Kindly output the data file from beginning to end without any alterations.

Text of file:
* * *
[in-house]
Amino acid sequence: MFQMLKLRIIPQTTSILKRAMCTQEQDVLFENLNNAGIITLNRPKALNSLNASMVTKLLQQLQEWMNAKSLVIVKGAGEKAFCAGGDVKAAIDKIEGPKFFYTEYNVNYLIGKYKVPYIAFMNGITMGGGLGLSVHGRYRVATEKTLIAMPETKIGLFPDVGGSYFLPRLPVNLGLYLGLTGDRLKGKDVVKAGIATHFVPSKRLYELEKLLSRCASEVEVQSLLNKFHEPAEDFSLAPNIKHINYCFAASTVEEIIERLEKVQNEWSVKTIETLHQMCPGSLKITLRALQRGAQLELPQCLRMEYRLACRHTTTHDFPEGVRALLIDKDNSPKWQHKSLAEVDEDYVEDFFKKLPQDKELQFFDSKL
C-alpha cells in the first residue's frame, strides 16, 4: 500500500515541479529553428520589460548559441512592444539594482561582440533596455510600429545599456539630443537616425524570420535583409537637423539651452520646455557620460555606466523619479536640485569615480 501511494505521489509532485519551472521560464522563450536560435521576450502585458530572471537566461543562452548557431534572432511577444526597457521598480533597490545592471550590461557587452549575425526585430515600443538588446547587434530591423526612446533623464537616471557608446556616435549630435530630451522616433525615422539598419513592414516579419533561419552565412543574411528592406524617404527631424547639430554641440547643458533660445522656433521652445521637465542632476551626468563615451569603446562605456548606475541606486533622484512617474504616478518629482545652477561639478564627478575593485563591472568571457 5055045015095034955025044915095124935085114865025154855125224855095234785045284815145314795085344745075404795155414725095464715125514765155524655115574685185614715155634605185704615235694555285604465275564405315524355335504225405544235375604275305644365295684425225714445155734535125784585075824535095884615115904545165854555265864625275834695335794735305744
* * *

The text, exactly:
[in-house]
Amino acid sequence: MFQMLKLRIIPQTTSILKRAMCTQEQDVLFENLNNAGIITLNRPKALNSLNASMVTKLLQQLQEWMNAKSLVIVKGAGEKAFCAGGDVKAAIDKIEGPKFFYTEYNVNYLIGKYKVPYIAFMNGITMGGGLGLSVHGRYRVATEKTLIAMPETKIGLFPDVGGSYFLPRLPVNLGLYLGLTGDRLKGKDVVKAGIATHFVPSKRLYELEKLLSRCASEVEVQSLLNKFHEPAEDFSLAPNIKHINYCFAASTVEEIIERLEKVQNEWSVKTIETLHQMCPGSLKITLRALQRGAQLELPQCLRMEYRLACRHTTTHDFPEGVRALLIDKDNSPKWQHKSLAEVDEDYVEDFFKKLPQDKELQFFDSKL
C-alpha cells in the first residue's frame, strides 16, 4: 500500500515541479529553428520589460548559441512592444539594482561582440533596455510600429545599456539630443537616425524570420535583409537637423539651452520646455557620460555606466523619479536640485569615480 501511494505521489509532485519551472521560464522563450536560435521576450502585458530572471537566461543562452548557431534572432511577444526597457521598480533597490545592471550590461557587452549575425526585430515600443538588446547587434530591423526612446533623464537616471557608446556616435549630435530630451522616433525615422539598419513592414516579419533561419552565412543574411528592406524617404527631424547639430554641440547643458533660445522656433521652445521637465542632476551626468563615451569603446562605456548606475541606486533622484512617474504616478518629482545652477561639478564627478575593485563591472568571457 5055045015095034955025044915095124935085114865025154855125224855095234785045284815145314795085344745075404795155414725095464715125514765155524655115574685185614715155634605185704615235694555285604465275564405315524355335504225405544235375604275305644365295684425225714445155734535125784585075824535095884615115904545165854555265864625275834695335794735305744